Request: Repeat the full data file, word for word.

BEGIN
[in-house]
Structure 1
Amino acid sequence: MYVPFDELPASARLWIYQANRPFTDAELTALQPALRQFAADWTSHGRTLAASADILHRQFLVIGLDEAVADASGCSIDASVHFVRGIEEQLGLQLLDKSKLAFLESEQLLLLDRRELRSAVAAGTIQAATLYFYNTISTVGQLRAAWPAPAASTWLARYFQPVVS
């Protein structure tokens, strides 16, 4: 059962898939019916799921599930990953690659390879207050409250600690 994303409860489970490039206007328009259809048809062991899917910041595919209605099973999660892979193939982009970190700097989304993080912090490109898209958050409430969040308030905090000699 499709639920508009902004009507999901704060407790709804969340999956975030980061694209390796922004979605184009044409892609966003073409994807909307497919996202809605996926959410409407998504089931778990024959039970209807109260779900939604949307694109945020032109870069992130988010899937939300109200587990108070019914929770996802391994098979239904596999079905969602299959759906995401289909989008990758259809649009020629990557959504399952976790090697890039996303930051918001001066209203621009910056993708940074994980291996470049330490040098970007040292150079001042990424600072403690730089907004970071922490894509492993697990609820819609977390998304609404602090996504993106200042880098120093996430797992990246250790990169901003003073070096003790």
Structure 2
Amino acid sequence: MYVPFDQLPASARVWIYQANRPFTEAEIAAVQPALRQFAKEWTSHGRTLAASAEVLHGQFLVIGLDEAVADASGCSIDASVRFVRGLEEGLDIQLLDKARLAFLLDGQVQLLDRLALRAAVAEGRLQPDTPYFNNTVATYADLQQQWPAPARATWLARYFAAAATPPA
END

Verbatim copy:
[in-house]
Structure 1
Amino acid sequence: MYVPFDELPASARLWIYQANRPFTDAELTALQPALRQFAADWTSHGRTLAASADILHRQFLVIGLDEAVADASGCSIDASVHFVRGIEEQLGLQLLDKSKLAFLESEQLLLLDRRELRSAVAAGTIQAATLYFYNTISTVGQLRAAWPAPAASTWLARYFQPVVS
């Protein structure tokens, strides 16, 4: 059962898939019916799921599930990953690659390879207050409250600690 994303409860489970490039206007328009259809048809062991899917910041595919209605099973999660892979193939982009970190700097989304993080912090490109898209958050409430969040308030905090000699 499709639920508009902004009507999901704060407790709804969340999956975030980061694209390796922004979605184009044409892609966003073409994807909307497919996202809605996926959410409407998504089931778990024959039970209807109260779900939604949307694109945020032109870069992130988010899937939300109200587990108070019914929770996802391994098979239904596999079905969602299959759906995401289909989008990758259809649009020629990557959504399952976790090697890039996303930051918001001066209203621009910056993708940074994980291996470049330490040098970007040292150079001042990424600072403690730089907004970071922490894509492993697990609820819609977390998304609404602090996504993106200042880098120093996430797992990246250790990169901003003073070096003790």
Structure 2
Amino acid sequence: MYVPFDQLPASARVWIYQANRPFTEAEIAAVQPALRQFAKEWTSHGRTLAASAEVLHGQFLVIGLDEAVADASGCSIDASVRFVRGLEEGLDIQLLDKARLAFLLDGQVQLLDRLALRAAVAEGRLQPDTPYFNNTVATYADLQQQWPAPARATWLARYFAAAATPPA